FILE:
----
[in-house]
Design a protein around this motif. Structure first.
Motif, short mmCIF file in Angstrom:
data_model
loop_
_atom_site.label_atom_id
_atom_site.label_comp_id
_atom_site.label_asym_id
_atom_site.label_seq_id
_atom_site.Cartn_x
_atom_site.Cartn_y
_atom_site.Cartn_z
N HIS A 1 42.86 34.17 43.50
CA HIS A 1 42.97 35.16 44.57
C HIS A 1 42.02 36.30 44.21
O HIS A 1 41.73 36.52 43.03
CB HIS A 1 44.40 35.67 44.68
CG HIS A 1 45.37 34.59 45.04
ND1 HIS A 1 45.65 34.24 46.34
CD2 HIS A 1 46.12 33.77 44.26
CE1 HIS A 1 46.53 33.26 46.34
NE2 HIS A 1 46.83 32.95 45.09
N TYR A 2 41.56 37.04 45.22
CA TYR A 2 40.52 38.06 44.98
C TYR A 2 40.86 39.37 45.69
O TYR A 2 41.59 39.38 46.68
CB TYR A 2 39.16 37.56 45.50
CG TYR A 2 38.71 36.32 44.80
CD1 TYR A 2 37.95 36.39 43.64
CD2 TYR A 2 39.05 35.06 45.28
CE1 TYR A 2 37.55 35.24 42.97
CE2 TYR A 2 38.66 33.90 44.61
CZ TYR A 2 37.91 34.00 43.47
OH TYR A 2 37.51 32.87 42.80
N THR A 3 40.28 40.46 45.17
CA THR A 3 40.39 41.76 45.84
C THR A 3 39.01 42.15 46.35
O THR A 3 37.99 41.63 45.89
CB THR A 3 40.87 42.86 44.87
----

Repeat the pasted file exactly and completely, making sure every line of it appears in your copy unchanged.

[in-house]
Design a protein around this motif. Structure first.
Motif, short mmCIF file in Angstrom:
data_model
loop_
_atom_site.label_atom_id
_atom_site.label_comp_id
_atom_site.label_asym_id
_atom_site.label_seq_id
_atom_site.Cartn_x
_atom_site.Cartn_y
_atom_site.Cartn_z
N HIS A 1 42.86 34.17 43.50
CA HIS A 1 42.97 35.16 44.57
C HIS A 1 42.02 36.30 44.21
O HIS A 1 41.73 36.52 43.03
CB HIS A 1 44.40 35.67 44.68
CG HIS A 1 45.37 34.59 45.04
ND1 HIS A 1 45.65 34.24 46.34
CD2 HIS A 1 46.12 33.77 44.26
CE1 HIS A 1 46.53 33.26 46.34
NE2 HIS A 1 46.83 32.95 45.09
N TYR A 2 41.56 37.04 45.22
CA TYR A 2 40.52 38.06 44.98
C TYR A 2 40.86 39.37 45.69
O TYR A 2 41.59 39.38 46.68
CB TYR A 2 39.16 37.56 45.50
CG TYR A 2 38.71 36.32 44.80
CD1 TYR A 2 37.95 36.39 43.64
CD2 TYR A 2 39.05 35.06 45.28
CE1 TYR A 2 37.55 35.24 42.97
CE2 TYR A 2 38.66 33.90 44.61
CZ TYR A 2 37.91 34.00 43.47
OH TYR A 2 37.51 32.87 42.80
N THR A 3 40.28 40.46 45.17
CA THR A 3 40.39 41.76 45.84
C THR A 3 39.01 42.15 46.35
O THR A 3 37.99 41.63 45.89
CB THR A 3 40.87 42.86 44.87